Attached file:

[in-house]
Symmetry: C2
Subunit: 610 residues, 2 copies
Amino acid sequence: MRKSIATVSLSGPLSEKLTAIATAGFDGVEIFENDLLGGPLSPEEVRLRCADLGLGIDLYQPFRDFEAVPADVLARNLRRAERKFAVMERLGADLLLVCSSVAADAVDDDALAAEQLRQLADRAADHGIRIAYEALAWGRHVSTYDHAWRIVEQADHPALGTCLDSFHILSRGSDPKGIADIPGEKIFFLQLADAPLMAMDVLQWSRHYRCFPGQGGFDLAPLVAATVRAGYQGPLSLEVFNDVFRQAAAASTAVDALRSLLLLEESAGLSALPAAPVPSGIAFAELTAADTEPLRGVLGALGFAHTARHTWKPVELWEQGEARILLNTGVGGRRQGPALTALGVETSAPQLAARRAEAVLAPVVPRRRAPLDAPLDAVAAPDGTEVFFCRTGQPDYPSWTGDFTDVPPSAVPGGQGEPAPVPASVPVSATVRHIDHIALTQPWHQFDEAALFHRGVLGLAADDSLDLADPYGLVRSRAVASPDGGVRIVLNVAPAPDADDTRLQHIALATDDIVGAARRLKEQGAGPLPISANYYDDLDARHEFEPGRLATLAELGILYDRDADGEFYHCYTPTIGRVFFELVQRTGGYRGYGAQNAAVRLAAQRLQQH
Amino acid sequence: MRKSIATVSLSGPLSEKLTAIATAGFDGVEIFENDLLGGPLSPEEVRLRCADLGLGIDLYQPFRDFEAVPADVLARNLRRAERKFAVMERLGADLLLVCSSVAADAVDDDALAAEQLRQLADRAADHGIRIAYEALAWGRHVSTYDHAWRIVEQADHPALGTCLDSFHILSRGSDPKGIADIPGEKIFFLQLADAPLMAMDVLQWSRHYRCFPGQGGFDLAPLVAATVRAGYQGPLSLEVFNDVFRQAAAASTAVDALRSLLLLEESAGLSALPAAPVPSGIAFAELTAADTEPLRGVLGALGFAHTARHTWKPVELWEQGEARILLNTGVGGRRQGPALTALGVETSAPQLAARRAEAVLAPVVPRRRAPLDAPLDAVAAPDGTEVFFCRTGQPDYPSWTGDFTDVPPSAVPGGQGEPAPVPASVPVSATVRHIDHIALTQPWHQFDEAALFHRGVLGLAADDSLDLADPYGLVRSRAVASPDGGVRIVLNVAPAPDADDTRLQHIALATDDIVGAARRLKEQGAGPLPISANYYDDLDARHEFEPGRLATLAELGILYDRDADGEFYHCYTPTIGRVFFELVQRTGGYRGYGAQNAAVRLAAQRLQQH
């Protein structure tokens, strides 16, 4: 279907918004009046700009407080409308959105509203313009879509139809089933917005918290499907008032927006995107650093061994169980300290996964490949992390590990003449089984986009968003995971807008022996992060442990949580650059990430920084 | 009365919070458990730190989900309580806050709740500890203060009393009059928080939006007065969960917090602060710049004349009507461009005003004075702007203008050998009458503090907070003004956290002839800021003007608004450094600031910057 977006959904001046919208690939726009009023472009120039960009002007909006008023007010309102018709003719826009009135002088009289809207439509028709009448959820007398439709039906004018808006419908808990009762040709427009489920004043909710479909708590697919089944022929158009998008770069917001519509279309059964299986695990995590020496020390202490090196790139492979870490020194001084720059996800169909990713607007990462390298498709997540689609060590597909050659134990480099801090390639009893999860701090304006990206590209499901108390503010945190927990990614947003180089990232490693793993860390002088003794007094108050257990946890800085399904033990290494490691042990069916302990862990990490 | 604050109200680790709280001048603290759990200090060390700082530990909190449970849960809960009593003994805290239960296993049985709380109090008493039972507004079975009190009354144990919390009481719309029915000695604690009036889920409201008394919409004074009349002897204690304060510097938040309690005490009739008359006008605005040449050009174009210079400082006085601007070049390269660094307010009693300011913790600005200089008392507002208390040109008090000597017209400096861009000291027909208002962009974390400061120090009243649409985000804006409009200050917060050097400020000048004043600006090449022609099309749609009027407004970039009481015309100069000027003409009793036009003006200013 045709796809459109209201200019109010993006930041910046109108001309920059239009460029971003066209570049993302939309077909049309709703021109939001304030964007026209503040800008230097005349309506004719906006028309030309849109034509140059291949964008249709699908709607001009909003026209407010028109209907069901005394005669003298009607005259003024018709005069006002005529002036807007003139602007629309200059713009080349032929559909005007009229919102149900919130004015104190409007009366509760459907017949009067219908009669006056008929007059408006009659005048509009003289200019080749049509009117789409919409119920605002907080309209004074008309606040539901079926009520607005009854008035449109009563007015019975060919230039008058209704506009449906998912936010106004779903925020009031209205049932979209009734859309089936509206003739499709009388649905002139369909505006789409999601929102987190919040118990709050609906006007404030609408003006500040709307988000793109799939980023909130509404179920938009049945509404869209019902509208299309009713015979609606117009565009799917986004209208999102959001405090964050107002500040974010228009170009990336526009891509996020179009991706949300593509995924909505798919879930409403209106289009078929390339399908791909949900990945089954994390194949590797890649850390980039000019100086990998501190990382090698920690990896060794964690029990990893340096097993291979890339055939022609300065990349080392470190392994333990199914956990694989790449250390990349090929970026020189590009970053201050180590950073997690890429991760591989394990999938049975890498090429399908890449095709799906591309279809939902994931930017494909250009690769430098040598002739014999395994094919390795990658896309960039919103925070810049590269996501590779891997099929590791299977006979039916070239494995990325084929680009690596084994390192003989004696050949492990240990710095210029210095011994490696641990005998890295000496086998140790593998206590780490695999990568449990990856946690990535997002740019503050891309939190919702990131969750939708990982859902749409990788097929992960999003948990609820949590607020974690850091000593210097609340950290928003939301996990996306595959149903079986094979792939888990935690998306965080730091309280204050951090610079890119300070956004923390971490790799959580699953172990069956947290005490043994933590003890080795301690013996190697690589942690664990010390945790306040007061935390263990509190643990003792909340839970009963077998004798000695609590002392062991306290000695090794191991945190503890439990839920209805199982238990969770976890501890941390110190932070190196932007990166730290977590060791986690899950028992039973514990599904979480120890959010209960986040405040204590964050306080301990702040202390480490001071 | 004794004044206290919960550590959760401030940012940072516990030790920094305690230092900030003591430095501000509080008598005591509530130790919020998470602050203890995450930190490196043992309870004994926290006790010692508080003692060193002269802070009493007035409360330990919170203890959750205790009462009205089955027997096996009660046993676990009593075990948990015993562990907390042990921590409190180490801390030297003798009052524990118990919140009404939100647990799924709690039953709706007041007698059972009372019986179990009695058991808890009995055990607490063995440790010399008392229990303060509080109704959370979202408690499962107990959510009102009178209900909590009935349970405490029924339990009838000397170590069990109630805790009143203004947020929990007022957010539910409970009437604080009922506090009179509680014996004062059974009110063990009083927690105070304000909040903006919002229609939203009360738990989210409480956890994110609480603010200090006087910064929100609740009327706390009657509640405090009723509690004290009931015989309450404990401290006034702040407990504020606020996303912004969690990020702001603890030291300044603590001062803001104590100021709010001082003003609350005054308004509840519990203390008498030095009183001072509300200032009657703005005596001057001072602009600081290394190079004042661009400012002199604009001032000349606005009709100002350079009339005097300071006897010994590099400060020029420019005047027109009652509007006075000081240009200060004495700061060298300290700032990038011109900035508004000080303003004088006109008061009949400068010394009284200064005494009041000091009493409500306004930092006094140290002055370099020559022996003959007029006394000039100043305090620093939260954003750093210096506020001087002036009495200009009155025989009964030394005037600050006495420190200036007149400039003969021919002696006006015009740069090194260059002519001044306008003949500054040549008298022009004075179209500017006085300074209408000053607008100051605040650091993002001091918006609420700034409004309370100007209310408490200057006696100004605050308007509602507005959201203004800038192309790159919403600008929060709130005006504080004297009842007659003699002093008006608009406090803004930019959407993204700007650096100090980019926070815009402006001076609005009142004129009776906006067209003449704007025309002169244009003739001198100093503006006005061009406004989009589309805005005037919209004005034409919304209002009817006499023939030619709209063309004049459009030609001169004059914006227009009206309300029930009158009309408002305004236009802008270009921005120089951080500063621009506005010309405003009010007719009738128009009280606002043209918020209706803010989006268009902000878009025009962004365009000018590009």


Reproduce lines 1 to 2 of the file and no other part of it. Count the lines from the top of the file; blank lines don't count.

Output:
[in-house]
Symmetry: C2